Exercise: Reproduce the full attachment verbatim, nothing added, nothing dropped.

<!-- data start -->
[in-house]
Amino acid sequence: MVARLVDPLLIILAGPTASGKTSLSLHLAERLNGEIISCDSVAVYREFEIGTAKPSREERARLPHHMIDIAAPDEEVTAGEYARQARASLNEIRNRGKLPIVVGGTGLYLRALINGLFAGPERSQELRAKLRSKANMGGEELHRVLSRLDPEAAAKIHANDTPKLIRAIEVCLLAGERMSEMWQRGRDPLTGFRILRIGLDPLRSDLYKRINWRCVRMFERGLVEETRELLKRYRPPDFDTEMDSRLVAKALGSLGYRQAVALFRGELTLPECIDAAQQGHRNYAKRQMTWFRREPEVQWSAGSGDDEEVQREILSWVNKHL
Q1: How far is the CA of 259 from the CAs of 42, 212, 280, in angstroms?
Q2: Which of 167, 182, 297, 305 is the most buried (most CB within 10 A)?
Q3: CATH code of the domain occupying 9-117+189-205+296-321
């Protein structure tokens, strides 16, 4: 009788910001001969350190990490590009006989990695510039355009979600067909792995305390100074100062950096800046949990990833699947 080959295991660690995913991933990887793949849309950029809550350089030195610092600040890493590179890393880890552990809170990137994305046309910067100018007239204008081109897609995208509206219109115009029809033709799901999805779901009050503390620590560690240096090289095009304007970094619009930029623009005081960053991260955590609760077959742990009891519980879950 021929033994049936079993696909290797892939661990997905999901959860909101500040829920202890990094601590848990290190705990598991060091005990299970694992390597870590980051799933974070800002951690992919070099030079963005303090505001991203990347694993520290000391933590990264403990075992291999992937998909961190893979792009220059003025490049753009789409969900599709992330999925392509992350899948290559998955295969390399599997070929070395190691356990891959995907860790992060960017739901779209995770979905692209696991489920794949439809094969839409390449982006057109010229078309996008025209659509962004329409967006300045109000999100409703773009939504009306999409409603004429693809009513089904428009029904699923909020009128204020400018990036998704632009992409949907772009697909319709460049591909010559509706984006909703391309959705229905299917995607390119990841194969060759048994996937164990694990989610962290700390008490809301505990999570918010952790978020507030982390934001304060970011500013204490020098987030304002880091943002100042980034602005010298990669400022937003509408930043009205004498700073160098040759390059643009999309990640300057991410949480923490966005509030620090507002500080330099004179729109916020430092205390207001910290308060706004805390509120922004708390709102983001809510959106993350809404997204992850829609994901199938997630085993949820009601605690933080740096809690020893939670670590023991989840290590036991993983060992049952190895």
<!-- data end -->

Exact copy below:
[in-house]
Amino acid sequence: MVARLVDPLLIILAGPTASGKTSLSLHLAERLNGEIISCDSVAVYREFEIGTAKPSREERARLPHHMIDIAAPDEEVTAGEYARQARASLNEIRNRGKLPIVVGGTGLYLRALINGLFAGPERSQELRAKLRSKANMGGEELHRVLSRLDPEAAAKIHANDTPKLIRAIEVCLLAGERMSEMWQRGRDPLTGFRILRIGLDPLRSDLYKRINWRCVRMFERGLVEETRELLKRYRPPDFDTEMDSRLVAKALGSLGYRQAVALFRGELTLPECIDAAQQGHRNYAKRQMTWFRREPEVQWSAGSGDDEEVQREILSWVNKHL
Q1: How far is the CA of 259 from the CAs of 42, 212, 280, in angstroms?
Q2: Which of 167, 182, 297, 305 is the most buried (most CB within 10 A)?
Q3: CATH code of the domain occupying 9-117+189-205+296-321
């Protein structure tokens, strides 16, 4: 009788910001001969350190990490590009006989990695510039355009979600067909792995305390100074100062950096800046949990990833699947 080959295991660690995913991933990887793949849309950029809550350089030195610092600040890493590179890393880890552990809170990137994305046309910067100018007239204008081109897609995208509206219109115009029809033709799901999805779901009050503390620590560690240096090289095009304007970094619009930029623009005081960053991260955590609760077959742990009891519980879950 021929033994049936079993696909290797892939661990997905999901959860909101500040829920202890990094601590848990290190705990598991060091005990299970694992390597870590980051799933974070800002951690992919070099030079963005303090505001991203990347694993520290000391933590990264403990075992291999992937998909961190893979792009220059003025490049753009789409969900599709992330999925392509992350899948290559998955295969390399599997070929070395190691356990891959995907860790992060960017739901779209995770979905692209696991489920794949439809094969839409390449982006057109010229078309996008025209659509962004329409967006300045109000999100409703773009939504009306999409409603004429693809009513089904428009029904699923909020009128204020400018990036998704632009992409949907772009697909319709460049591909010559509706984006909703391309959705229905299917995607390119990841194969060759048994996937164990694990989610962290700390008490809301505990999570918010952790978020507030982390934001304060970011500013204490020098987030304002880091943002100042980034602005010298990669400022937003509408930043009205004498700073160098040759390059643009999309990640300057991410949480923490966005509030620090507002500080330099004179729109916020430092205390207001910290308060706004805390509120922004708390709102983001809510959106993350809404997204992850829609994901199938997630085993949820009601605690933080740096809690020893939670670590023991989840290590036991993983060992049952190895």